Loseley Park is dominated by the 16th century, grand manor house that has remained almost unchanged in the intervening 500 years.
Still home to the descendants of the original owners, the estate has seen many celebrated guests including Queen Elizabeth 1st who planted a Mulberry tree, the fortunes of which are said to mirror those of the family. (A second has therefore been planted for insurance ! )
The Gardens though are without a doubt the jewel in the crown of Loseley Park and are considered to be amongst the best that England has to offer. A high walled enclosure with 2.5 acres of intense planting features five distinct garden rooms, each planted to a theme.
The Rose Garden is one of the best you'll see featuring over a thousand plants, including many Species, Old Garden and Modern Hybrids. These include beauties like English Rose - 'Gertrude Jekyll', long flowering single - Rosa rugosa 'Robusta', a lovely white hybrid Musk Rose - 'Prosperity', a deep crimson old Garden rose - 'Die Rescht' and a delicate new hybrid 'Rosa Bonica'.
The Flower Garden with its charming gravel pathways and hidden corners, bring colour throughout the year with a multitude of classic, cottage garden, herbaceous plants, both annuals and perennials, mixed with flowering shrubs and small trees.
The White Garden contrasts spectacular, showy blooms and shrub blossom with lush yet subtle mixed foliage plants, all set around an elegant rectangular pool and fountain. The effect is calm and restful as tall Alliums and Foxgloves sway gently over sprays of white Stocks and Alyssum, tumbling towards paths like surf on a sunny summers day.
The Herb Garden has been an important part of life for all the residents and workers at Loseley Park for hundreds of years. Having provided seasonal flavours and important ingredients to the kitchens over the centuries, it still contains a fascinating array of over two hundred herbs - be they culinary, medicinal, household or decorative.
The Organic Vegetable Garden with its unusual varieties and strict organic techniques makes for interesting viewing as the abundant yields swell throughout the seasons, demonstrating just how successful old methods were and still are.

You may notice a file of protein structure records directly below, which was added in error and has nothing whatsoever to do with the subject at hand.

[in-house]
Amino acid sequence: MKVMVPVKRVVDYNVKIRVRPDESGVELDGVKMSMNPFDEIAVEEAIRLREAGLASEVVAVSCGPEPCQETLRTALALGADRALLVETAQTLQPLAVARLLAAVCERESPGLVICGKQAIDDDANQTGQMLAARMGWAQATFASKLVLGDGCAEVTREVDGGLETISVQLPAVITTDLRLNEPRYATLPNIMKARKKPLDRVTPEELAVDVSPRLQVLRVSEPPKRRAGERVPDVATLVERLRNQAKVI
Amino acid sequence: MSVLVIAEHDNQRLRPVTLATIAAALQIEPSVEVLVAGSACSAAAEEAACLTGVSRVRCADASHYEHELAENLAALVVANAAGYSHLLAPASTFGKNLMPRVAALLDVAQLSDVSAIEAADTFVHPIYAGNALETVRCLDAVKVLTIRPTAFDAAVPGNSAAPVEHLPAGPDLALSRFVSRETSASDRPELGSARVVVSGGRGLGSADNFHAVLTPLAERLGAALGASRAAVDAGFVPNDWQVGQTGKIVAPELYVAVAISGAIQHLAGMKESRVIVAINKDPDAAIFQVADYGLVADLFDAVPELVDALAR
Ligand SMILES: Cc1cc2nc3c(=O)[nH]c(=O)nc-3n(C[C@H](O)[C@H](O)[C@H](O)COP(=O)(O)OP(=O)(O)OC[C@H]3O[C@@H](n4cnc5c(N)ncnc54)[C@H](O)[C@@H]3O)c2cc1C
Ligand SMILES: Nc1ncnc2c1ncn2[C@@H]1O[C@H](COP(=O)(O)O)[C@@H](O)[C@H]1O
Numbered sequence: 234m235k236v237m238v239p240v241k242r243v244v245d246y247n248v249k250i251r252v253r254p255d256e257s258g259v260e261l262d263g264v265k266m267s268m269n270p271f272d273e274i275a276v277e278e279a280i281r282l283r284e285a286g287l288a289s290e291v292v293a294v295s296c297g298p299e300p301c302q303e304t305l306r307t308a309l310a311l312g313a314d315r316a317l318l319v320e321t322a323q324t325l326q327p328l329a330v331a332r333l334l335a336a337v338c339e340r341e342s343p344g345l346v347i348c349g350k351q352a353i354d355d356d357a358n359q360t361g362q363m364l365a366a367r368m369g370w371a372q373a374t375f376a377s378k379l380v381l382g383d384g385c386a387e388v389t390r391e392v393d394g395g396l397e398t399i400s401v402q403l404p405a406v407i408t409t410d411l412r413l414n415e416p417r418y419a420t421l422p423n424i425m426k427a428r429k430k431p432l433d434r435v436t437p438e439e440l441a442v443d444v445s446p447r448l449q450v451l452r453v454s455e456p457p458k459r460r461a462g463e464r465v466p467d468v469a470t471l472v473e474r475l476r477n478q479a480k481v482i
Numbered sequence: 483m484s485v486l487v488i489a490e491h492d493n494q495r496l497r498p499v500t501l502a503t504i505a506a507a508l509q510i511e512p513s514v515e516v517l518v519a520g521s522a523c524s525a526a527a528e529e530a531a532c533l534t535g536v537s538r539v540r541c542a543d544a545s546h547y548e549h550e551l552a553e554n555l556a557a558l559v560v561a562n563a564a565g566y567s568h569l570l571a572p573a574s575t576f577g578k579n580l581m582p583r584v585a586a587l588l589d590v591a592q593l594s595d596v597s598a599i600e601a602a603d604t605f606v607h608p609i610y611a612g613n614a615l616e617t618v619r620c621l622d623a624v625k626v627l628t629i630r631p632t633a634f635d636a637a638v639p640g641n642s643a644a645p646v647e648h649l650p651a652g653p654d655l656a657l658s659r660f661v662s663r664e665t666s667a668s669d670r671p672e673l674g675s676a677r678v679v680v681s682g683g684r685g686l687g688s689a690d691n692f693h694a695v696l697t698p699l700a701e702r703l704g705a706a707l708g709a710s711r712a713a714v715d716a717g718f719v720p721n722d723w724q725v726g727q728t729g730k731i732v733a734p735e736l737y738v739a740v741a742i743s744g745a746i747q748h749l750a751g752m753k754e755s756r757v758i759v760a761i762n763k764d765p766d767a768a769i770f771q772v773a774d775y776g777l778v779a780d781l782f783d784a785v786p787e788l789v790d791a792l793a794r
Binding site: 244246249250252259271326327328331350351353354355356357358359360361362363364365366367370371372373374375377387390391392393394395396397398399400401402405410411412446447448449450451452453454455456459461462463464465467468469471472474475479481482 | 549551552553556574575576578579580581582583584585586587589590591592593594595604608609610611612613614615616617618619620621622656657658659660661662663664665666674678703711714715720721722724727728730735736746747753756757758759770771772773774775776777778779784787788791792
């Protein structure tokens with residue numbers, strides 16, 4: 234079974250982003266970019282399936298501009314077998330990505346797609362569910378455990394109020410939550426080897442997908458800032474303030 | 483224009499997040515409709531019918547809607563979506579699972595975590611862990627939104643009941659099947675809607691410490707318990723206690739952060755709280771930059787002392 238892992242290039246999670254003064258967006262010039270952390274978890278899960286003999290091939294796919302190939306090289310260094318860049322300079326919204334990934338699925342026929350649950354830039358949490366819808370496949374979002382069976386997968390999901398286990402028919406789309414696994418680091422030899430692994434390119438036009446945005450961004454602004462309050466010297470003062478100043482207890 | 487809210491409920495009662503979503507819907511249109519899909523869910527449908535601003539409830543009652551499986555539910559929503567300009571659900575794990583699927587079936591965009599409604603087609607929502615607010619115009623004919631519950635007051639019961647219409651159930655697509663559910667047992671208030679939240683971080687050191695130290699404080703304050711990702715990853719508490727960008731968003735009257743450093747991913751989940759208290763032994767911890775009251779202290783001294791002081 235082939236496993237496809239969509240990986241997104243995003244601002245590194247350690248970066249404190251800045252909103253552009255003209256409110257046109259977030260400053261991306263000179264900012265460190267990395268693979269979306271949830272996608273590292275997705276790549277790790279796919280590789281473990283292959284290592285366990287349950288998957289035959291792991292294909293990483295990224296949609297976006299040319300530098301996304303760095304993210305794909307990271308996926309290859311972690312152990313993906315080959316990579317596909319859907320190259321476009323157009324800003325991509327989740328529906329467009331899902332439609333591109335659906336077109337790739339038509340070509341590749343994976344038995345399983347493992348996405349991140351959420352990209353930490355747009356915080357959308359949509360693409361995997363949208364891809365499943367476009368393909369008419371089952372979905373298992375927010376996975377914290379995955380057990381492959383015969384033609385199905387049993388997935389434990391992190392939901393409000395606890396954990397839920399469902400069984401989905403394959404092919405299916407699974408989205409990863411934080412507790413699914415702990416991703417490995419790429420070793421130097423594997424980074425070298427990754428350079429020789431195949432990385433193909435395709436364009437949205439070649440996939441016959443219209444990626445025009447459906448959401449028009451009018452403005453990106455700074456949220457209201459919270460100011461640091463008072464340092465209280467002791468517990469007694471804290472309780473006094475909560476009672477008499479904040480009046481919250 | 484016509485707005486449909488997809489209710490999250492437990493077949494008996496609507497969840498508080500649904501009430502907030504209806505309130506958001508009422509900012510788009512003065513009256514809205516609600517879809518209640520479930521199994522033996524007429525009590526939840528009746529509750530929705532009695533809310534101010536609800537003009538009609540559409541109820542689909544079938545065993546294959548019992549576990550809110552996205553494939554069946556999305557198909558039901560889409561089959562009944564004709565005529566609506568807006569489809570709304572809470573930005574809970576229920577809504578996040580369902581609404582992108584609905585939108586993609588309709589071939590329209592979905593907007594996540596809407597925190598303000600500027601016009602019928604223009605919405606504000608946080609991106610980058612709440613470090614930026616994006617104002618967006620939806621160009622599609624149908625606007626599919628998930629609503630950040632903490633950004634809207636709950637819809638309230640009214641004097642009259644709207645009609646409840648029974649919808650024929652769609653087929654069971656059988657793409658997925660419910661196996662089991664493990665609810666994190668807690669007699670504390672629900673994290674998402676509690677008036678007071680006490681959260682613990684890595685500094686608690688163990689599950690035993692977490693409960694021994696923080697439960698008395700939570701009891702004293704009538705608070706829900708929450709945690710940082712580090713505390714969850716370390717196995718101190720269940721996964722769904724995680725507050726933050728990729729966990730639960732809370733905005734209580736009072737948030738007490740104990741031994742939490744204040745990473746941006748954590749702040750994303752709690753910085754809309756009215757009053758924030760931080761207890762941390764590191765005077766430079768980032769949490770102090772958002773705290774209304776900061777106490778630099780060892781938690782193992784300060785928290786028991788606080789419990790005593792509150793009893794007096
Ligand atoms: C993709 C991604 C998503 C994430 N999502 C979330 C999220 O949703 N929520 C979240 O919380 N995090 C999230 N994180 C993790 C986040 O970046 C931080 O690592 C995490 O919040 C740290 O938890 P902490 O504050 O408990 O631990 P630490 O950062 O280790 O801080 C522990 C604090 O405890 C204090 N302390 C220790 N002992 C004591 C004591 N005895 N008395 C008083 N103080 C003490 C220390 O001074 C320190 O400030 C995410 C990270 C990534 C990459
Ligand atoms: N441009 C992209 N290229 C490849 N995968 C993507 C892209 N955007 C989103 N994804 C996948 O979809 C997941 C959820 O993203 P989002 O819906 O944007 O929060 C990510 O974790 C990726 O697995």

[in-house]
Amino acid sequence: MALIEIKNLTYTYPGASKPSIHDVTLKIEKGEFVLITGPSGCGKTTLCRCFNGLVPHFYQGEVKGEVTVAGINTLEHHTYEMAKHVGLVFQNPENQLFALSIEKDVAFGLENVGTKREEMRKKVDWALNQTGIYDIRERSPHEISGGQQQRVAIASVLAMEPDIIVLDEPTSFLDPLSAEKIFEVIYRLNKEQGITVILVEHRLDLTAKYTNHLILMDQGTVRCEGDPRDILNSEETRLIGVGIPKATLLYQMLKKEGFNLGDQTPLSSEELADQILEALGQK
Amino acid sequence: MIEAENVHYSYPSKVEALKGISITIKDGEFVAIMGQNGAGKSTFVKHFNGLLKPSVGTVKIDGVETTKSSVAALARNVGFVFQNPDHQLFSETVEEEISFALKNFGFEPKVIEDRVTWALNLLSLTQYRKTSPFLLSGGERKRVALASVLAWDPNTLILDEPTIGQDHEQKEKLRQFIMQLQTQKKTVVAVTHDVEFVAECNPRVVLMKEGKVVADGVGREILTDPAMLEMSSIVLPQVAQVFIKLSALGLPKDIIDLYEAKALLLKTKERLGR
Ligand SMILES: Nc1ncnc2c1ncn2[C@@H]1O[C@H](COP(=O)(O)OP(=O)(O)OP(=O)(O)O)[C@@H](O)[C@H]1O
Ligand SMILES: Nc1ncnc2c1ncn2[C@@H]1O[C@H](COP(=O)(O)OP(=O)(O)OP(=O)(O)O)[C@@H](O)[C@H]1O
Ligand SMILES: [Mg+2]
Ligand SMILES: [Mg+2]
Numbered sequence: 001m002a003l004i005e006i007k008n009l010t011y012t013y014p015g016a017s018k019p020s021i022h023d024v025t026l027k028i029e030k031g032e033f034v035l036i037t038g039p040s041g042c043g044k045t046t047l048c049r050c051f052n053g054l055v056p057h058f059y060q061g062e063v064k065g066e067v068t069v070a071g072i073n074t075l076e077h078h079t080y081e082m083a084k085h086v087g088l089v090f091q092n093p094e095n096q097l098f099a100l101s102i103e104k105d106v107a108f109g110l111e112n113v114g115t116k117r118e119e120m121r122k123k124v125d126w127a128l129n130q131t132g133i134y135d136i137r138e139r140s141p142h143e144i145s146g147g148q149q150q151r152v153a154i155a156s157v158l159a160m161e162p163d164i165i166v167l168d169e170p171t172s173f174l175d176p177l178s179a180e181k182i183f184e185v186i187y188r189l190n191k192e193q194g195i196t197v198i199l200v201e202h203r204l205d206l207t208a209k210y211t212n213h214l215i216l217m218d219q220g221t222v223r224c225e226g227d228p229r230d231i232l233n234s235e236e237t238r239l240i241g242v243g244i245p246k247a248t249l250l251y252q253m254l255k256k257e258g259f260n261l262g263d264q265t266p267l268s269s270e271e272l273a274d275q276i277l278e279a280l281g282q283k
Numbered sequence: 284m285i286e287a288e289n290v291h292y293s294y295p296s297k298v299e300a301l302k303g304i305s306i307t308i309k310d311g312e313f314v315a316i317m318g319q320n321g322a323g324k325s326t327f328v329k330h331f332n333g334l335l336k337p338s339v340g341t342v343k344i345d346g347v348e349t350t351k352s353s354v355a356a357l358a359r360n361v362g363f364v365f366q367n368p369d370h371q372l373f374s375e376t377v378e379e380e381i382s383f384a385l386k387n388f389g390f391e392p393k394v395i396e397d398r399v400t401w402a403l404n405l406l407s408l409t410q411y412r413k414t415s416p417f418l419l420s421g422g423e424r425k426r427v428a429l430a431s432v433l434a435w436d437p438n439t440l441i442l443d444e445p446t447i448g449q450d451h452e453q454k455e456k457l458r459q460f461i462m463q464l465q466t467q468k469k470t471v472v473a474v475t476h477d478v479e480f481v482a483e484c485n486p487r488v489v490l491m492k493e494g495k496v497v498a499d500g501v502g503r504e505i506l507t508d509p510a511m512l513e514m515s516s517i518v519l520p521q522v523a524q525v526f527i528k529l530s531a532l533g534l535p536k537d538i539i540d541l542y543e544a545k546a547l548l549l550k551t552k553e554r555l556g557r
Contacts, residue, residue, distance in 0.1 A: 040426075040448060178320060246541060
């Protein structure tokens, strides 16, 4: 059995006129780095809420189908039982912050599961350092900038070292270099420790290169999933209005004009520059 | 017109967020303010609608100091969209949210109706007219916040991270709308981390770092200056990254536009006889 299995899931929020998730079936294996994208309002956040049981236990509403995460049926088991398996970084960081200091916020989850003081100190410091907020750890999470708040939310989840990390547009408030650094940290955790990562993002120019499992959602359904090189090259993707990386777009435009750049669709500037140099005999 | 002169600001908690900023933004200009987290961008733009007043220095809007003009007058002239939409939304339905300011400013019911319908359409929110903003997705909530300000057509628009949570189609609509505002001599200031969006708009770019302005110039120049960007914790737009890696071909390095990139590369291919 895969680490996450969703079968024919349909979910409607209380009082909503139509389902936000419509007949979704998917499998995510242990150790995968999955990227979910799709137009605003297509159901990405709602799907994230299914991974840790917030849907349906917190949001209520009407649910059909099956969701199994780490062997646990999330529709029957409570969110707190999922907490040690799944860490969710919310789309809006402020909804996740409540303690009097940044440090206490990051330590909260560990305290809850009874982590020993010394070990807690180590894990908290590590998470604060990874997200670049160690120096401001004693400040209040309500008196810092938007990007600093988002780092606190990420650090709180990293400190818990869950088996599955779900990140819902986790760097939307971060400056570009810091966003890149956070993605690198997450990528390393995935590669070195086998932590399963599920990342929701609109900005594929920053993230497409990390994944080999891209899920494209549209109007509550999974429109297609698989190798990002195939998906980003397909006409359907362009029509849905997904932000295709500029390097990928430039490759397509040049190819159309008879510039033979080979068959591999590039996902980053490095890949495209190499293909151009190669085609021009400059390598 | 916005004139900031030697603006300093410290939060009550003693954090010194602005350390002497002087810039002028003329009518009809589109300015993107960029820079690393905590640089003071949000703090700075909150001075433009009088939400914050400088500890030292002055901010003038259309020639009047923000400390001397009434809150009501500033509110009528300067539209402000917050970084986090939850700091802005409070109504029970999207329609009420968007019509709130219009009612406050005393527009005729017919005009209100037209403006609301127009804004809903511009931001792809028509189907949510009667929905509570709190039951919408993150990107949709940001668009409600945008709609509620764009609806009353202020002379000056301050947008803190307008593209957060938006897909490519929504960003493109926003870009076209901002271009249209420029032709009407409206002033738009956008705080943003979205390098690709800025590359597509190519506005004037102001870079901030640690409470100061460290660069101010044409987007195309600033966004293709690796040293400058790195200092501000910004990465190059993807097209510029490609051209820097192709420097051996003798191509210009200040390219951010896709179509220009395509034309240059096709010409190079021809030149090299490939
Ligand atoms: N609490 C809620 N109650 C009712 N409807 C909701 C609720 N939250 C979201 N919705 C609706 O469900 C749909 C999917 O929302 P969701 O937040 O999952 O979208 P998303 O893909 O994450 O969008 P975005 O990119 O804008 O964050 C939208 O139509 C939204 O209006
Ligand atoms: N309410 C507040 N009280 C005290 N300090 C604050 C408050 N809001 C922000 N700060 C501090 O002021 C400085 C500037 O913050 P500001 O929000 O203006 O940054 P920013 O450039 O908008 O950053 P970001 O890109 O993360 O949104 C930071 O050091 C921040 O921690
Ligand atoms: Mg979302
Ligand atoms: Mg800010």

Just outside the walls is a glorious wildflower meadow and the raised 'bund' alongside the moat provides benches to survey the entire gardens and enjoy the results of so many centuries of dedicated work by owners, gardeners and volunteers alike.
Loseley Park features in many garden visit lists, but not always at the top. But we think that Loseley Park, albeit not the largest garden, deserves to be considered amongst England's finest.
Author: Bob Saunders.
The Wisteria Tearoom and Mulberry Tea Lawn offers light lunches including open sandwiches and homemade soups, cream teas and other refreshments. All food is made on the premises from locally sourced supplies including cakes and the renowned Caper & Berry chocolate brownies.
The Wisteria Tea Room is also licensed, offering a variety of wines along with beers from the local Hogs Back brewery and a variety of soft drinks.
The Shop offers an array of classic country products including ceramics, garden and kitchen accessories and gifts.
Accessibility: there are two wheelchairs for visitors use and all pathways are easy navigable by foot or wheels.
By road Loseley Park is situated on the B3000 New Pond Road and the main entrance is in Stakescorner Road, signposted ‘Loseley House’. Please be aware the Sandy Lane route has a sharp hairpin bend not suitable for coaches. If using SATNAV, please enter "Stakescorner Road GU3 1HS" otherwise you will be directed to the wrong part of Loseley Estate.
By rail: The nearest main station is at Guildford around three miles away and a taxi from there will take you direct to Loseley Park. Alternatively the bus station is a short walk and the bus will take you to the end of the Loseley drive – it’s then a pleasant walk of a little over a mile to Loseley House.
By bus: From Guildford Bus Station - numbers 42,44,71,92 and 70